Compassion without Compromise

Karen Booth


By Karen Booth –

Many books have been published that deal with sexual sanctification and with the specific issue of homosexuality. They run the gamut from scholarly theological treatises to first person accounts of grace-filled transformation to practical suggestions on how individual Christians and local congregations should respond. But seldom has a book combined all of these topics in such a winsome way as Adam Barr and Ron Citlau’s Compassion Without Compromise: How the Gospel Frees Us to Love Our Gay Friends Without Losing the Truth (Baker Publishing Group, 2014).

This book is not intended to offer strategies for engaging in political, cultural or ecclesiastical battles, and it probably will not appeal to or sway the moral revisionists among us. Instead, it aims to reach those who already hold to a traditional sexual ethic, to equip them to share their views with clarity and conviction, and to encourage them to interact faithfully – with both friends and foes – in a rapidly changing world. As Barr and Citlau ask, “How can we be a compassionate, uncompromising witness in a culture that celebrates what the Bible censors?” In response, they hope to provide an “accessible resource” with clear biblical teaching, answers to tough questions and personal stories. The book delivers on all four objectives.

Compassion Without Compromise is exceptionally accessible. It is written in a conversational style that is easy to read, with moving personal accounts and just enough cultural references and popular language to keep younger people engaged. Complex biblical, theological and cultural concepts are explained in simple, understandable terms. The chapters build upon each other, flowing logically from “theory” to “practice” and ending with a memorable “conclusion” and “take away.” In addition, Barr and Citlau provide a wealth of free online resources to help readers get as much as they can out of the book, including thought provoking videos for each chapter and a 26 page discussion guide. (See

Another major strength is the book’s solid biblical instruction. For example, the first chapter “Something Beautiful” begins with God’s created design for human sexuality as revealed in Genesis 1 and 2. This fundamental concept is often neglected in the Church in favor of focusing on the more prohibitive passages in the Old and New Testaments. By shifting attention back to what the “inventor” of sex intends Barr and Citlau make a very persuasive argument for the complementary nature of the male/female “one flesh” union:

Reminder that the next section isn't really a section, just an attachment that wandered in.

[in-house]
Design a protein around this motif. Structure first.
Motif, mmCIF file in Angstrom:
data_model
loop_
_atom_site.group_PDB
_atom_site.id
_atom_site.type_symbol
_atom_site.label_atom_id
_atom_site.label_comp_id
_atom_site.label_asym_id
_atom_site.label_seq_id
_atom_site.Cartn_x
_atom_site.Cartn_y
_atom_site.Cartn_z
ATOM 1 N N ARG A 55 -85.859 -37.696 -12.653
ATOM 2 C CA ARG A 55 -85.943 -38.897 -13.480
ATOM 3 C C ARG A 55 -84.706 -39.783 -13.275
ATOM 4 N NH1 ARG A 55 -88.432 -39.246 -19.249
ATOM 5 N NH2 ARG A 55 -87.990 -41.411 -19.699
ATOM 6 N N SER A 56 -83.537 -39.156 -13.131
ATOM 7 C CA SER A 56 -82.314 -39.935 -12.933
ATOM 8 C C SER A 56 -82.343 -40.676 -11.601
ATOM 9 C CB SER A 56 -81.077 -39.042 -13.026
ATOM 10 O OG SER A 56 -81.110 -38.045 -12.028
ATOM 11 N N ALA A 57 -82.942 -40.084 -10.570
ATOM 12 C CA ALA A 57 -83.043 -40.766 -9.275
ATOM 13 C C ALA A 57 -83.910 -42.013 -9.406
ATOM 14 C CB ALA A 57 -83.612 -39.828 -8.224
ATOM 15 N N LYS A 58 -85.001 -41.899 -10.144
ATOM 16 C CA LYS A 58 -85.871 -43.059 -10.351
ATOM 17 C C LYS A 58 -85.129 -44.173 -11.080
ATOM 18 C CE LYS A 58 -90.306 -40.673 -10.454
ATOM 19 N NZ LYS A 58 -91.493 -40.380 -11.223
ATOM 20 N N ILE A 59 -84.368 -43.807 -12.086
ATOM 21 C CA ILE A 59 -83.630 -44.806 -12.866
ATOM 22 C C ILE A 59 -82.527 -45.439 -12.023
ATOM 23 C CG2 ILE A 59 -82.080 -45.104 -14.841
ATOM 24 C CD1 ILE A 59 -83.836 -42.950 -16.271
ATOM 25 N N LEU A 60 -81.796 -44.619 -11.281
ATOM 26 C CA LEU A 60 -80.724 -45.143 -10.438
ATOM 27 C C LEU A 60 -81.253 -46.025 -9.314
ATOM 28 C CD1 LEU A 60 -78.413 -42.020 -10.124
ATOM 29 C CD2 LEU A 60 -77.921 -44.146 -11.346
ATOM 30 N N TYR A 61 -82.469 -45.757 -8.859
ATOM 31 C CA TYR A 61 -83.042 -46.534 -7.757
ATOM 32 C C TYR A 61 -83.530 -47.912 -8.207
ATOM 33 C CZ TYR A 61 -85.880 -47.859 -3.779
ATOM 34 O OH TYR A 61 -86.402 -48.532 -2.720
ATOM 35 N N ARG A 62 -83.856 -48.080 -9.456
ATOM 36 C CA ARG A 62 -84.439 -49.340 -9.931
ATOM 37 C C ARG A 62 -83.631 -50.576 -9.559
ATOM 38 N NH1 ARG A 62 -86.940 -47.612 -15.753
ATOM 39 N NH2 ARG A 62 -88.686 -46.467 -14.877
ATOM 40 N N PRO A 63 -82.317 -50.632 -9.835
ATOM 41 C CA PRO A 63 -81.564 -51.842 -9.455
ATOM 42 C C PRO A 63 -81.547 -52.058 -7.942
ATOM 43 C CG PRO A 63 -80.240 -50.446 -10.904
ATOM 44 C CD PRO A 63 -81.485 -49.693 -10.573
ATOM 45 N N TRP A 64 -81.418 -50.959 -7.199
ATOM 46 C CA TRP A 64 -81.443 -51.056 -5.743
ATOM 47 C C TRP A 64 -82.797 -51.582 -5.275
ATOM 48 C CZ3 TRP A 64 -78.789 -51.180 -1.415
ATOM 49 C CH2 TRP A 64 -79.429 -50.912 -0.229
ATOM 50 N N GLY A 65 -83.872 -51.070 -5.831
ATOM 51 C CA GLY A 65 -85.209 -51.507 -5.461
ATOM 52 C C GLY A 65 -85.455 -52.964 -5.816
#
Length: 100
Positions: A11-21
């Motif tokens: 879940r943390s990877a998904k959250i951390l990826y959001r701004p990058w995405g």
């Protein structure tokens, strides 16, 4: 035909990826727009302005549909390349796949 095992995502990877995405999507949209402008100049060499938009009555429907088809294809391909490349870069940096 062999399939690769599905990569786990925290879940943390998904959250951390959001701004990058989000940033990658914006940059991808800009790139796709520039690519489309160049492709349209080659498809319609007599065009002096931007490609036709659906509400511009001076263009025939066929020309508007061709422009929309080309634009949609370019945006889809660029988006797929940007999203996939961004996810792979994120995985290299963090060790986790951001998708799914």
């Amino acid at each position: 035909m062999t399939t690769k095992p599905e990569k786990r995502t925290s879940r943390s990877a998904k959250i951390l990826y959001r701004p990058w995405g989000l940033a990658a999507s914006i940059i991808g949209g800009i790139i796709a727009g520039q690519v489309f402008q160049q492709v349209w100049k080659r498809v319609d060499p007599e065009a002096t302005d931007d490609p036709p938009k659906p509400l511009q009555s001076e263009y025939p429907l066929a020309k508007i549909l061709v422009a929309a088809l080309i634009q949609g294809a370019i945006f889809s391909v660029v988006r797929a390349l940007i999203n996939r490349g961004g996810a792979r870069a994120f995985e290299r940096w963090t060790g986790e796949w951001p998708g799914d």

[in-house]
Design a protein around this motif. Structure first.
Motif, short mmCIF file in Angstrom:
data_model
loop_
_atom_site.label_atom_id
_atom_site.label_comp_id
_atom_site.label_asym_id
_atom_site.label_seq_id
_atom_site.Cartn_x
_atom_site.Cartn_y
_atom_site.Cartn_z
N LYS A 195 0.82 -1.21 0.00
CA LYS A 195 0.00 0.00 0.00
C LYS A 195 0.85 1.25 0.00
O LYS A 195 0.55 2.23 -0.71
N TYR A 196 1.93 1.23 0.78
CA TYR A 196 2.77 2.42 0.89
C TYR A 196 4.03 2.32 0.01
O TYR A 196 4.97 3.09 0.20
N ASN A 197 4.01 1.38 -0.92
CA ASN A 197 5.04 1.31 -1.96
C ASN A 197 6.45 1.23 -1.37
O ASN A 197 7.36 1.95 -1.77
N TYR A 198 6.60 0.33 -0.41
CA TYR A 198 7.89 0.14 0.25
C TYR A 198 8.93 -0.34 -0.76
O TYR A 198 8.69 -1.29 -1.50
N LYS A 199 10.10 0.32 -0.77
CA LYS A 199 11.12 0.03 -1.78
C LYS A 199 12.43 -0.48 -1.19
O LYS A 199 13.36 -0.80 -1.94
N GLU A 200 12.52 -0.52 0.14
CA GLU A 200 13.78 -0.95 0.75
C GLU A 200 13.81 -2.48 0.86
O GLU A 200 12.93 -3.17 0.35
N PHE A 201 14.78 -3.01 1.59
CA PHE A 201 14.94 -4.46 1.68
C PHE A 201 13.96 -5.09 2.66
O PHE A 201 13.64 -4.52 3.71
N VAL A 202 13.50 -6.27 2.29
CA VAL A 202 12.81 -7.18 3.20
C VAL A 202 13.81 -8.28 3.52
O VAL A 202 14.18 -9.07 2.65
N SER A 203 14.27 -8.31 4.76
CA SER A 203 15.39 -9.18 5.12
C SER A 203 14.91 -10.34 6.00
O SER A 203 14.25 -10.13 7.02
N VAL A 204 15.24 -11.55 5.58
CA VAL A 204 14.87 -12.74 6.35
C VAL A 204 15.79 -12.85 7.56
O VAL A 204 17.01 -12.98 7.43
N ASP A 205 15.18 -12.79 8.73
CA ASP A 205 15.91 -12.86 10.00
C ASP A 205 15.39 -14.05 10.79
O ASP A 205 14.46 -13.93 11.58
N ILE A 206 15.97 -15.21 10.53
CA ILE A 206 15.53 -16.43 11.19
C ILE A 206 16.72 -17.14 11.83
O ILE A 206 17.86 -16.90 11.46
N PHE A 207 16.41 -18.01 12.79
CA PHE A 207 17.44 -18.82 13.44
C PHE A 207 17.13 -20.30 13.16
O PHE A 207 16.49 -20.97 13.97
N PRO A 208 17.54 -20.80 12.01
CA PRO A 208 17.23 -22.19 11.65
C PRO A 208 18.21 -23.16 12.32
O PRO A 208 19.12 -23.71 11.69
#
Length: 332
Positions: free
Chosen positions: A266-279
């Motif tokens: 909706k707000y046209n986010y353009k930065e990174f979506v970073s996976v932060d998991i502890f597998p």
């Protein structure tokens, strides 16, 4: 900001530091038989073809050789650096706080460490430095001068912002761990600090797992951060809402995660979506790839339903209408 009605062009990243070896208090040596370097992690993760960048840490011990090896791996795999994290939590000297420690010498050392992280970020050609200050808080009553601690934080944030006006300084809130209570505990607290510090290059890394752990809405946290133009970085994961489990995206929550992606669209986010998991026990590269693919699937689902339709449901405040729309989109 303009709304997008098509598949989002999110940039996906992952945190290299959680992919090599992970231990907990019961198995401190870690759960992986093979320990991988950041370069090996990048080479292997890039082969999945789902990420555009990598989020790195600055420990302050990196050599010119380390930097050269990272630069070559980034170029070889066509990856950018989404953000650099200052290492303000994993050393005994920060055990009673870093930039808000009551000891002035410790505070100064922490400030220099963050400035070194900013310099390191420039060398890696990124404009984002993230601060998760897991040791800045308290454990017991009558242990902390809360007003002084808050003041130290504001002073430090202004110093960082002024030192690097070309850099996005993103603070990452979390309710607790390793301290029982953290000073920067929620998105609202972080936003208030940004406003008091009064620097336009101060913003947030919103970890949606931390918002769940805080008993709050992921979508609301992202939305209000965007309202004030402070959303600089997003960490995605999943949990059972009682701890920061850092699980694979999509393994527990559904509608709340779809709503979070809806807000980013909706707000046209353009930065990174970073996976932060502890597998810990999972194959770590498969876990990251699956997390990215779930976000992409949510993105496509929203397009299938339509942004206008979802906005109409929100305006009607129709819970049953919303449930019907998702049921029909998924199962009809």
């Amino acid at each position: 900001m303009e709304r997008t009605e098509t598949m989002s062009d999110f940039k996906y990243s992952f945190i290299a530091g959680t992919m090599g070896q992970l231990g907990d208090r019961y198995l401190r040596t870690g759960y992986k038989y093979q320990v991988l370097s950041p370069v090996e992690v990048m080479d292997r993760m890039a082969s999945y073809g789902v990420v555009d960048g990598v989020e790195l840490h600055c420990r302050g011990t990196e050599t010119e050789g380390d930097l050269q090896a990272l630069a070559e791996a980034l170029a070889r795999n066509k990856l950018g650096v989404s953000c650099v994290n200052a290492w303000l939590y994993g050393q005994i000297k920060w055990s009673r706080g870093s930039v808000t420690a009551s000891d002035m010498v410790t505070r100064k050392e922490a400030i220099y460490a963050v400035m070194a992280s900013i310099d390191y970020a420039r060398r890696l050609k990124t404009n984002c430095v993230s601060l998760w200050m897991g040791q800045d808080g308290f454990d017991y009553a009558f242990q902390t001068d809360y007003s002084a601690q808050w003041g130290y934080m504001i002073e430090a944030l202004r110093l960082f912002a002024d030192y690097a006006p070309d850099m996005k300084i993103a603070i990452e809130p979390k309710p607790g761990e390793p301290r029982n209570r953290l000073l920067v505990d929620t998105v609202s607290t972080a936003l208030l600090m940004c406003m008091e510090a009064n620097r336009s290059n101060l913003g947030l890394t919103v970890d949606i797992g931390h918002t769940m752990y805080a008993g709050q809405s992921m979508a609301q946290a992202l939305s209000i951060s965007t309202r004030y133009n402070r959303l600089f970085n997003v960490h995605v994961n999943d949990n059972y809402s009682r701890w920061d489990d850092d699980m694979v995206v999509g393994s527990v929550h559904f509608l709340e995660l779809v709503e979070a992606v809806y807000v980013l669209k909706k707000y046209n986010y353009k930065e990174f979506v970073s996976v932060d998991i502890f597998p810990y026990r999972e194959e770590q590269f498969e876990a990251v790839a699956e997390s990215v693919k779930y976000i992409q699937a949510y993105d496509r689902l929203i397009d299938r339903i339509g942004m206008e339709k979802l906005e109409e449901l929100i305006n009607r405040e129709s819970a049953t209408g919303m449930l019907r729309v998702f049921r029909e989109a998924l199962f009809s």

“The helper would need to be like Adam but different from him. In some miraculous way that we never would have imagined, God wanted a same-but-different kind of creature to be Adam’s companion. They would have to share an essential bond, not like two peas in a pod, but more complementary, like a lock and key, biceps and triceps, or a left pedal and right pedal . . . you get the picture.”

This key teaching is further expanded in “Not the Same,” when heterosexual and homosexual unions are compared and contrasted:

“God’s intent is for two very different human beings, a man and a woman, to come together and consummate their love in the sexual act. The two come together and become literally ‘one flesh.’ This beautiful intimacy of two ‘others’ coming together mirrors, faintly, Christ’s relationship with his bride, the church. This complementarity is at the basis of sexual union and it is good.”

The authors contend that men and women glorify God when they choose to live inside this original design or moral “reality.” (This can also include a God-honoring single life if marriage does not occur.) But because some choose to “reject the wisdom of their Creator” and live outside this design, “Not the Same” also discusses the gravity and consequences of sexual sin. Several Scripture passages from 1 Corinthians 6 and Romans 1 that specifically deal with same-sex desire and behavior are used to bolster these arguments.

The moral revisionist claim that “Jesus never said anything about homosexuality” is thoroughly debunked in “Jesus Is My Homeboy.” If one embraces a Trinitarian faith, then Jesus was “speaking” through the words of the other Old and New Testament writers. As Barr and Citlau observe:

“While ‘red letter’ Bibles make it easier to identify the words Jesus preached on the shores of Galilee, they can obscure an important reality: Jesus inspired every word of Scripture! In an ultimate sense, every letter of our Bibles could be red. There is no two-tiered Bible or canon within a canon. Scripture reveals God’s thoughts with consistency and coherence.”

They also remind readers that when Jesus addressed sexual sin of any kind he always referred back to God’s original design in Genesis 1 and 2. And though he inclusively welcomed people into his fellowship – and hence into the Kingdom of God – it was always with an expectation of true repentance, death to sin and self, and an even higher moral requirement than that of the Pharisees. The book’s biblical section ends with “Ban All Shrimp,” which helps readers to maturely discern what Old Testament passages are still relevant today, particularly those in the Leviticus “Holiness Code.”